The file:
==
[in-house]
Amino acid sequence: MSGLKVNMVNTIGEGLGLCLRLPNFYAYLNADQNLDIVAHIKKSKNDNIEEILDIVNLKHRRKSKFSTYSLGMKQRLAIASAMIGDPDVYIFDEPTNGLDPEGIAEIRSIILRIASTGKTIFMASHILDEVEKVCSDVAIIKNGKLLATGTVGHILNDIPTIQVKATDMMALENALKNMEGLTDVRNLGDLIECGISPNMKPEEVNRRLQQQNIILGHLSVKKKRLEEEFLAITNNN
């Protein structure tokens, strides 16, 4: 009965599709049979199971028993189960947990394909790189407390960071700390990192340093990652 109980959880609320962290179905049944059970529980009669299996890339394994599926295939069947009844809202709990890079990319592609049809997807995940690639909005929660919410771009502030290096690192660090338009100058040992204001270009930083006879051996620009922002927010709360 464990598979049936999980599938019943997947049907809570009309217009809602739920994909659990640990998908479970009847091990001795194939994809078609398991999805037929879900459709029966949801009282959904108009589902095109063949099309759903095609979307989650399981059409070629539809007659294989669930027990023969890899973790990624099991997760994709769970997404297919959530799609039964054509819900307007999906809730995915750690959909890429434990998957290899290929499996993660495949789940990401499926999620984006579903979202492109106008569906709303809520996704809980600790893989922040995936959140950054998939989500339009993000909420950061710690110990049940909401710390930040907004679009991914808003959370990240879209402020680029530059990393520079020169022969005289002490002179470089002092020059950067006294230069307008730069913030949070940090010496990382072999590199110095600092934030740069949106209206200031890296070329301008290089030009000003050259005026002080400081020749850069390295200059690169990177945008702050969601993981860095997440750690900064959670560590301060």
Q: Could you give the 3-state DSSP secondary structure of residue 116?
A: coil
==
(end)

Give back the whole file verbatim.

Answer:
[in-house]
Amino acid sequence: MSGLKVNMVNTIGEGLGLCLRLPNFYAYLNADQNLDIVAHIKKSKNDNIEEILDIVNLKHRRKSKFSTYSLGMKQRLAIASAMIGDPDVYIFDEPTNGLDPEGIAEIRSIILRIASTGKTIFMASHILDEVEKVCSDVAIIKNGKLLATGTVGHILNDIPTIQVKATDMMALENALKNMEGLTDVRNLGDLIECGISPNMKPEEVNRRLQQQNIILGHLSVKKKRLEEEFLAITNNN
């Protein structure tokens, strides 16, 4: 009965599709049979199971028993189960947990394909790189407390960071700390990192340093990652 109980959880609320962290179905049944059970529980009669299996890339394994599926295939069947009844809202709990890079990319592609049809997807995940690639909005929660919410771009502030290096690192660090338009100058040992204001270009930083006879051996620009922002927010709360 464990598979049936999980599938019943997947049907809570009309217009809602739920994909659990640990998908479970009847091990001795194939994809078609398991999805037929879900459709029966949801009282959904108009589902095109063949099309759903095609979307989650399981059409070629539809007659294989669930027990023969890899973790990624099991997760994709769970997404297919959530799609039964054509819900307007999906809730995915750690959909890429434990998957290899290929499996993660495949789940990401499926999620984006579903979202492109106008569906709303809520996704809980600790893989922040995936959140950054998939989500339009993000909420950061710690110990049940909401710390930040907004679009991914808003959370990240879209402020680029530059990393520079020169022969005289002490002179470089002092020059950067006294230069307008730069913030949070940090010496990382072999590199110095600092934030740069949106209206200031890296070329301008290089030009000003050259005026002080400081020749850069390295200059690169990177945008702050969601993981860095997440750690900064959670560590301060």
Q: Could you give the 3-state DSSP secondary structure of residue 116?
A: coil